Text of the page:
Chlorophyll Bluess: Molly Zuckerman-Hartung
Diana Lowenstein Gallery
As you enter the gallery you encounter the name of the exhibition, Chlorophyll Bluess, painted directly on the wall in neon pink and blue. You create a narrative around this seemingly sudden inner impulse to paint, imagining the artist up on a ladder or on a chair with a can of spray paint and the lace placemat she used for a stencil. This is the same type of sequence of actions that is pictured when you look at assemblage art. A narrative is formulated around the artist building the object.
Fourteen works fill the gallery. Among the works, two pieces in the exhibition have no titles or dates and are not on the gallery list. One is a heated chrome towel rack sticking off the wall like a street sign with the stencil-lace placemat that was used for the title wall elegantly placed over. The other is just a beautiful walking cane hanging from the wall. The rest of the works—hung traditionally are a hodgepodge of materials and infinite possibilities. All are over-worked and all function under the term of post-production art.
She destroys form: color everywhere, pouring, spraying, bleaching, nailing, screwing, sewing, stringing, linking, collaging, reusing, repurposing, and reworking images, textiles, fabrics, and paper. All clash together in what first seems like a naïve push to expand the possibilities of abstraction. Within all the clutter of materials and gestures resides a very specific historical mark—Jackson Pollock’s notorious drip.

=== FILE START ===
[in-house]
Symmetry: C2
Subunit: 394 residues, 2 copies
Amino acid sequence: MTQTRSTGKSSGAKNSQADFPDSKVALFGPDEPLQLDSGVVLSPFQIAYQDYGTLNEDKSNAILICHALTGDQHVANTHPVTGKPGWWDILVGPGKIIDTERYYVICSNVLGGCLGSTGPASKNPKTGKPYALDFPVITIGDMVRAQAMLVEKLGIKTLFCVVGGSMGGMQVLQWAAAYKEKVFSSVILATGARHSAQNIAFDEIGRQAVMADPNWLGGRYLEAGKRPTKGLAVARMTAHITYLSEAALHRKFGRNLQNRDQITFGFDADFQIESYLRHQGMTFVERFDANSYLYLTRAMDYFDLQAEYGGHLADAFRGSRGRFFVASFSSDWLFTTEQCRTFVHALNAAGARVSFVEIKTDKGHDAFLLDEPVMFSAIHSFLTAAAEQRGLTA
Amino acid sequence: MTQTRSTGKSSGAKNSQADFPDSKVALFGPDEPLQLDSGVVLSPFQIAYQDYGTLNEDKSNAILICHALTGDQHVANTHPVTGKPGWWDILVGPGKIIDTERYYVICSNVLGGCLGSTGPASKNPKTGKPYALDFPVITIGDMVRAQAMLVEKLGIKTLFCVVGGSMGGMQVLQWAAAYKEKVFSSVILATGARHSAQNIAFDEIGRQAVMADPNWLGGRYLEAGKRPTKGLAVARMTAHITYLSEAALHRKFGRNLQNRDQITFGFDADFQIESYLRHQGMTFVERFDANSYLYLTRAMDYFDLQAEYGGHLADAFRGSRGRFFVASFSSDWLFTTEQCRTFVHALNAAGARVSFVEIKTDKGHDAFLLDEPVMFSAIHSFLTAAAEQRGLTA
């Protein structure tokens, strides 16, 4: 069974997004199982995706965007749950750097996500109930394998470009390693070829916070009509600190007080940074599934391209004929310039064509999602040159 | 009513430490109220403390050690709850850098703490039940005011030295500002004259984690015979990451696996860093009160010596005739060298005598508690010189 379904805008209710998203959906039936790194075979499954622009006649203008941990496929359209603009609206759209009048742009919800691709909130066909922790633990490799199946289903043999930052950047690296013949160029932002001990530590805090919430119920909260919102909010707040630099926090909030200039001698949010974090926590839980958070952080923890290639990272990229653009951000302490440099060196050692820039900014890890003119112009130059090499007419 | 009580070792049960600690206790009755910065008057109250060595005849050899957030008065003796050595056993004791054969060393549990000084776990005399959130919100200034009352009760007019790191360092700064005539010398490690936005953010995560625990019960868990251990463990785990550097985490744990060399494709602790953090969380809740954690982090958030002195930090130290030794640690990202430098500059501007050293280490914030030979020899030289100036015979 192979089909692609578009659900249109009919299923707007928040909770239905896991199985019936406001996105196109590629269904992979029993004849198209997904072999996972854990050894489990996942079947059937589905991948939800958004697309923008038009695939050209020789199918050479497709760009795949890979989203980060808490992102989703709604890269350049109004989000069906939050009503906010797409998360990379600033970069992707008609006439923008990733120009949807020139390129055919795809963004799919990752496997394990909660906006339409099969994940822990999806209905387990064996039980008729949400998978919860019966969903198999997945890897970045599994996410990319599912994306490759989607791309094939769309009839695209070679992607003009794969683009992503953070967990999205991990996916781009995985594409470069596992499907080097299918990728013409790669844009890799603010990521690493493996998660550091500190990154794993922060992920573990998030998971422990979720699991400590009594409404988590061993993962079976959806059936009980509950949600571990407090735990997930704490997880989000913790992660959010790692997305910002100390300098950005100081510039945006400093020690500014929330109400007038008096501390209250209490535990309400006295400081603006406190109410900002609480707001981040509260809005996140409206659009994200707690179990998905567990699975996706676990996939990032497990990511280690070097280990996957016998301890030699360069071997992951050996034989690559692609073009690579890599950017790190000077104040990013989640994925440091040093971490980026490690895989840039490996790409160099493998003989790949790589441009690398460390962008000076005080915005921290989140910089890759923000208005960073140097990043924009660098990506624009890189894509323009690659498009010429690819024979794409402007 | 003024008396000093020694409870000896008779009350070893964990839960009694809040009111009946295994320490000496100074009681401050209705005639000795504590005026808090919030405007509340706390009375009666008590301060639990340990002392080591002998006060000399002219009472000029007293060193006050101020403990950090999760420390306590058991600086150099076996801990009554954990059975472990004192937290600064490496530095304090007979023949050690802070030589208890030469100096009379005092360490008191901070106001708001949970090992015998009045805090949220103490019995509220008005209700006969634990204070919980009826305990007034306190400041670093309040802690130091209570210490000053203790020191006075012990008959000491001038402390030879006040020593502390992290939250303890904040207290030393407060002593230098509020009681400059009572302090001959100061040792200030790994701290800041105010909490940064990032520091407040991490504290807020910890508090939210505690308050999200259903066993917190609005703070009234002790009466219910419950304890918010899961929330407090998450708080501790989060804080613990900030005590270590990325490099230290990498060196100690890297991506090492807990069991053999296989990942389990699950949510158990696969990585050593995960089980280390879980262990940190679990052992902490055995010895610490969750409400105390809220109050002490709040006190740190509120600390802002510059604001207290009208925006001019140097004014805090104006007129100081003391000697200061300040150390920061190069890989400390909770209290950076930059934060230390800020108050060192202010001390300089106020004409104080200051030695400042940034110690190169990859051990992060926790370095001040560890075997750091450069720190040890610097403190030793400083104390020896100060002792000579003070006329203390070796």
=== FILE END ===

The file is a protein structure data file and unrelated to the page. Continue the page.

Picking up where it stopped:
To create this drip she must stop, remove the painting off the wall and place it on a table or floor, dip the brush in the correct paint, then wave her hand and arm over the canvas. Then she must wait for the paint to dry before placing the canvas up right. Stopping, changing the position of the painting, and then waiting not only sets a specific pace—like a drum beat it verifies the painting through performance. Unlike the narrative we arrive at with assemblage, this narrative does not function as an artist-at-work, but as an artist as art. We might agree with Allan Kaprow, who pinned Pollock as more of a performer. When Pollock stood over his canvas and dripped paint, the act of painting was the art work, and the completed painting functions only as a documentation of that performance. The drip illustrating the action of shifting the painting from vertical to flat and back—is represented and repeated in all of Zuckerman-Hartung’s paintings, save for the oldest two. This serves as a marker for abstraction as a point of possible performance. In contradiction, the narrative generated from the groupings of ironic gestures and signifiers removes any and all possibilities of a novel abstraction. A hole forms between abstraction as a dead language and abstraction existing as performance. This circular argument cannot confirm its meaning; optimistically, we must look elsewhere. Zuckerman-Hartung sets up a model of consumption and disposal based on the love for the commodity and its immediacy. She seeks not to modify what is, nor to propose solutions, but to embrace a new form of freedom “behind” the canon. Hopefully, we can recognize a cane loosely hung from the top of a wall, not as a readymade, not as a symbol, nor as a performative action or an impulsive gesture—but simply as painting.